March 31, 2013 § 1 Comment

ImageIt’s a rainy Easter day in Virginia.

I feel trapped by my own unwillingness to move forward.   I have raised my children and no longer actively “tell” that story, the mothering one.  I am frightened by calm, though, and so start stories again.  But they go nowhere.

I suddenly read, in Anne Lamott’s book, BIRD BY BIRD, this, from her chapter on moral points of view:

If you find that you start a number of stories or pieces that you don’t even bother finishing,..

Yes, yes, the dining room paint job, the memoir, the garden with weeds.

… that you lose interest or faith in them along the way,..

So, half the room’s chautreuse, what about it?  And the memoir was sappy.  And to hell with the weeds.

… it may be that there is nothing at their center about which you care passionately. 

Silence.  She’s struck a vein.

You need to put yourself at their center, you and what you believe to be true or right.  The core, ethical concepts in which you most passionately believe are the language in which you are writing.

As if she were inside my mind, hearing the cry.

You see, my core was my children and their safe raising.  That done, I’m done.  Until I discover inside myself another story with a believable core.

Thank you, Anne Lamott, for a new way to look at what, on this gray day feels like total death.  It may well be much greater, and better; may be the pause before moving on.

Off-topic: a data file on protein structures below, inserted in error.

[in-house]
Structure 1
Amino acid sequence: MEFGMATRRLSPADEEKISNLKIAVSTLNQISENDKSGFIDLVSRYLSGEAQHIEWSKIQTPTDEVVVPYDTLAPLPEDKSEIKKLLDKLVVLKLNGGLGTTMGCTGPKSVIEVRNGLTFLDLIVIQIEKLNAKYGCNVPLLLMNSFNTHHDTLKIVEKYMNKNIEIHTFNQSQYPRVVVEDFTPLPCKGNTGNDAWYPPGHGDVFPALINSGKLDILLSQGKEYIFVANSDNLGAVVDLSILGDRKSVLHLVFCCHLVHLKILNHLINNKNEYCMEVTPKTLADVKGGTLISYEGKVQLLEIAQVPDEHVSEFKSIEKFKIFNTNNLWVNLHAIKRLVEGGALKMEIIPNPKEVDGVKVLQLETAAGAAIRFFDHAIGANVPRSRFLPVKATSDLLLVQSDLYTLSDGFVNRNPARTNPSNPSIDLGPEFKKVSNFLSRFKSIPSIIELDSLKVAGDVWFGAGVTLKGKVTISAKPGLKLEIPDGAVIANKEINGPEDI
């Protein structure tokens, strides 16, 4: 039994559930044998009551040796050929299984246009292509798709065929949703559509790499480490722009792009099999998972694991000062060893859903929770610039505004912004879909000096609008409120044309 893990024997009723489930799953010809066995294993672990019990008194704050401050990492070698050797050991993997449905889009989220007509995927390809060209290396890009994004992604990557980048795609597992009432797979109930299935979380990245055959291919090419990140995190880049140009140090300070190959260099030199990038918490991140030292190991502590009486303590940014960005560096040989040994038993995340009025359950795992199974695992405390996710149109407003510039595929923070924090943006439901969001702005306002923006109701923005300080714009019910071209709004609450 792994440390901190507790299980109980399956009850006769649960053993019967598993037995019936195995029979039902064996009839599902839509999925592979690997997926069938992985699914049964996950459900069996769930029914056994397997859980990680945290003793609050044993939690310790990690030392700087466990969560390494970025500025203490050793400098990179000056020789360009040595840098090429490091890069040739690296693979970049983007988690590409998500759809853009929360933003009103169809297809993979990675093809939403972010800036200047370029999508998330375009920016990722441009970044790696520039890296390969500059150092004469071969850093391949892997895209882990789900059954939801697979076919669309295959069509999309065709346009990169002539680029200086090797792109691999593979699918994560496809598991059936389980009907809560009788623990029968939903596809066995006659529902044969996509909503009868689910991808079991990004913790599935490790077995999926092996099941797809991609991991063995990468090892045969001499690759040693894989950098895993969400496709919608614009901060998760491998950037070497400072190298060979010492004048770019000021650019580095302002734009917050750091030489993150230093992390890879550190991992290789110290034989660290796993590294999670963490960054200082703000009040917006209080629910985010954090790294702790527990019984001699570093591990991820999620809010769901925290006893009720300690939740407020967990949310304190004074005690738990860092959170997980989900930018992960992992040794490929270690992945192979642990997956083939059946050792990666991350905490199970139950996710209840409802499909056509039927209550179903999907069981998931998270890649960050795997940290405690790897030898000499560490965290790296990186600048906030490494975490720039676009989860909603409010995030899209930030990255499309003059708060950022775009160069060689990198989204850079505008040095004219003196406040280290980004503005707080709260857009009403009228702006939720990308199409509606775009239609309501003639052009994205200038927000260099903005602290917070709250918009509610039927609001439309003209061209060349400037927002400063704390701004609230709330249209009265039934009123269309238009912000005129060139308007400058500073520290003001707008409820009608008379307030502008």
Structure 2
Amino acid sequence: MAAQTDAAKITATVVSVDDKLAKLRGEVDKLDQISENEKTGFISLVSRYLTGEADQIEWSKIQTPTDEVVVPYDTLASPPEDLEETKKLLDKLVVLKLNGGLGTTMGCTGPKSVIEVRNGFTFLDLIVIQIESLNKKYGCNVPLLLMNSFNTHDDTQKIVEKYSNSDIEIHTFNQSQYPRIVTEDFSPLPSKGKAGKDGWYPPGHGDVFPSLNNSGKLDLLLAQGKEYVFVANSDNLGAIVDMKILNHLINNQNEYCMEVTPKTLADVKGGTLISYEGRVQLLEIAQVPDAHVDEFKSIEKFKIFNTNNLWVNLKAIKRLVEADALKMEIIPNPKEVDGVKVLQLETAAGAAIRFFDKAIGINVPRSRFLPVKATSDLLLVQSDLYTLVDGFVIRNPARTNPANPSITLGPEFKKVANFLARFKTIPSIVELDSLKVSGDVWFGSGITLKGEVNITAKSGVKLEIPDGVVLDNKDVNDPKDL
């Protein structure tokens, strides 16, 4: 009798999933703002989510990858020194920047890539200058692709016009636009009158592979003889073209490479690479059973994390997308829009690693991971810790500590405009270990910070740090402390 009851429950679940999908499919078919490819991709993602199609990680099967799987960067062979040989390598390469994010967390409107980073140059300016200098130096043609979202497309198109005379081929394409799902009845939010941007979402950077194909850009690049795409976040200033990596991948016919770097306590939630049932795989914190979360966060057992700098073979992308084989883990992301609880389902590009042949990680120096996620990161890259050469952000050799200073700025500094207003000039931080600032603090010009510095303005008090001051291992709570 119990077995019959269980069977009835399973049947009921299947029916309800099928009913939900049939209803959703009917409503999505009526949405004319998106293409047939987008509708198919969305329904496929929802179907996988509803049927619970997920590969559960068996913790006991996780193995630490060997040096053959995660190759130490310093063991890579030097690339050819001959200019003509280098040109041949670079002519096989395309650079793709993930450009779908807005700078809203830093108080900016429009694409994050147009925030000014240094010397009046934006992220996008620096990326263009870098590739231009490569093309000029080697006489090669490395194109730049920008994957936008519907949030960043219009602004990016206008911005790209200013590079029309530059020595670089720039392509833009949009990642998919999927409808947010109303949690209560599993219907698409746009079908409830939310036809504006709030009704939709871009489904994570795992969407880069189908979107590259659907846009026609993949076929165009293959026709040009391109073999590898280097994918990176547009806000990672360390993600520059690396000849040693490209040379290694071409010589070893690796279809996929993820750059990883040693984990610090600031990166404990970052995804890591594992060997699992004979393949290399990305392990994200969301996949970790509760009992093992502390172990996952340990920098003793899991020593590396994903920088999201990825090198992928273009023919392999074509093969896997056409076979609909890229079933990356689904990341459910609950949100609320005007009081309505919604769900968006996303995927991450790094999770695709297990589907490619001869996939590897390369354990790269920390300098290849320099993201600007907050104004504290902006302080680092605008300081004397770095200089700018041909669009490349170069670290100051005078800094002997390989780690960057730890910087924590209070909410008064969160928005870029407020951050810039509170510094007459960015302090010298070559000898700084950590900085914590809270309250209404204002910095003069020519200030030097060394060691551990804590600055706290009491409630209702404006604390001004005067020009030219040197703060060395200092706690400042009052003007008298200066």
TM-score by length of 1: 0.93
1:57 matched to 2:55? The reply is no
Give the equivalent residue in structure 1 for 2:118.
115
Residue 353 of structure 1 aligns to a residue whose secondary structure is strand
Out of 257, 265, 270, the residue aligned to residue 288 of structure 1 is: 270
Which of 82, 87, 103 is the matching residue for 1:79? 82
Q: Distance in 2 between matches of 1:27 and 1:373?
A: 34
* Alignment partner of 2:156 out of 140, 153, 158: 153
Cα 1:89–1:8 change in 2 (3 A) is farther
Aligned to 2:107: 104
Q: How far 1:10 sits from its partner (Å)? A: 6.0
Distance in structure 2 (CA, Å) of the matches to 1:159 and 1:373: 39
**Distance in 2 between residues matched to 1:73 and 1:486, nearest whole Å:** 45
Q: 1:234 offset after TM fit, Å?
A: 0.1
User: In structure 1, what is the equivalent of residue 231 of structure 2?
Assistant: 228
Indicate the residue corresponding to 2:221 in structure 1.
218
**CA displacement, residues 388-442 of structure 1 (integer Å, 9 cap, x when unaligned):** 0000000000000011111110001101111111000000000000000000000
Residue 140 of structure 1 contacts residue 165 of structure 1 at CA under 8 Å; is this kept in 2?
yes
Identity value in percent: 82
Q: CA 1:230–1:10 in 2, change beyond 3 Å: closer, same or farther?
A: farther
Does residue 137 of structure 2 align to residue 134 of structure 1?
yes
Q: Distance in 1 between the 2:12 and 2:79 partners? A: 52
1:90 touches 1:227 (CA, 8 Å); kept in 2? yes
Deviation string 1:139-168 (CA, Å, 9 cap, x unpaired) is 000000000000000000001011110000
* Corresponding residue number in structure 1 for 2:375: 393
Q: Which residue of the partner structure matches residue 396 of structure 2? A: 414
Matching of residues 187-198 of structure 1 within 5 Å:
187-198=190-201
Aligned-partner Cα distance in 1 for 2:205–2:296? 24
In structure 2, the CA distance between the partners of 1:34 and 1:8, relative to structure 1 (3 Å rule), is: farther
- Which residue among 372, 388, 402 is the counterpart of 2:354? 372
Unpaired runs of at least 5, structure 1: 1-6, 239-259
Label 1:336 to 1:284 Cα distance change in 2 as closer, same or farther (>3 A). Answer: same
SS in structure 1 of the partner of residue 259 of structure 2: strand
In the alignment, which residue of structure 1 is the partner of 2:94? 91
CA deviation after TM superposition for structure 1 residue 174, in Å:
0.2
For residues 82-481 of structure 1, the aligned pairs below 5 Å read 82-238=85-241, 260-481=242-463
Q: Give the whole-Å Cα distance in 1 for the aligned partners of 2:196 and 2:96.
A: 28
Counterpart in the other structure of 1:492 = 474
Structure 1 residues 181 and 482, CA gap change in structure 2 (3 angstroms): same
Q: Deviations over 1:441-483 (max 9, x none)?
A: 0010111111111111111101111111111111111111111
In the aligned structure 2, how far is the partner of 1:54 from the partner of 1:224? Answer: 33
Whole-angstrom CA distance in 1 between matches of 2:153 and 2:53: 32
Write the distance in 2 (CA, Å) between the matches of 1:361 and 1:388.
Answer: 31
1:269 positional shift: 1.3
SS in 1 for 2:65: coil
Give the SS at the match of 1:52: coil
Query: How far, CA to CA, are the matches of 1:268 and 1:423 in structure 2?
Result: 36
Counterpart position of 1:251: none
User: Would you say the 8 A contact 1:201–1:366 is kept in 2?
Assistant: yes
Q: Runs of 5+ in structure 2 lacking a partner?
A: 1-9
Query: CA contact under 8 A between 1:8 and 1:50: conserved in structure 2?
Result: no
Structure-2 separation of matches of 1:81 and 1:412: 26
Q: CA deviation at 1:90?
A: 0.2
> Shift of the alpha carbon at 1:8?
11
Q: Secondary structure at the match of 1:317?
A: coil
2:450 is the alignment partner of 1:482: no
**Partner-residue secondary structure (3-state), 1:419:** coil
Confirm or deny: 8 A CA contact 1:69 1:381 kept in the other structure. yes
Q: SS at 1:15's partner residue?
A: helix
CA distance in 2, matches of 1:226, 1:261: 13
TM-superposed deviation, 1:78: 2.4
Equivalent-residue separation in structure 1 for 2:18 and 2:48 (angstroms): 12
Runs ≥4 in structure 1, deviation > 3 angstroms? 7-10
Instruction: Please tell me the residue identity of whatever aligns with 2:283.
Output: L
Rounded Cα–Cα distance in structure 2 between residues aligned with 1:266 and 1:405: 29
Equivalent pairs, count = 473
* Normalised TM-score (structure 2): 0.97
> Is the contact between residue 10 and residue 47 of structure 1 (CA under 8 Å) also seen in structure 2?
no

And I sense, without the frenetic energies of childrearing coursing quickly in and sapping out of my frame, as they did in the heat of it, in the sweat, the hysteria and bliss, that what energies I am building in this moment’s pause, the moment of the end of my story, I sense these energies will be stronger because their origin is deeper.

Their source may well be that place where mothers go after they have learned how to mother and done it well and passed on the scepter to willing and younger initiates.  Where they sit and watch and smile.

Just imagine what depths of experience and understanding, and what great stored stories exist at motherhood’s secret core.  Just imagine what those women know.

If we could get to the heart of what we know, imagine tapping into an ages old source of wise old stories.

Just imagine even a small part of this ethical core influencing today’s MASS MEDIA.

And here, without warning, I’ve gone from Lamott straight to Lennon.


And then influence the telling of stories worth finishing.


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§ One Response to The CORE of a STORY WORTH TELLING?

  • My favorite Anne Lamott quote is her prayer, “Help me, help me, thank You, thank You.” Getting to the heart of what we know requires tapping into our own inner core, which can be a scary thing. My passion was motherhood, too, whatever way it played out, whatever way needed by the souls given to me for mothering. This, I believe. And now, my passions are quiet, gentle, often solitary. And joyful. Many are my unfinished projects, but the ones that matter will play out to the end.
    My part is to show up. Simple, but not always easy.

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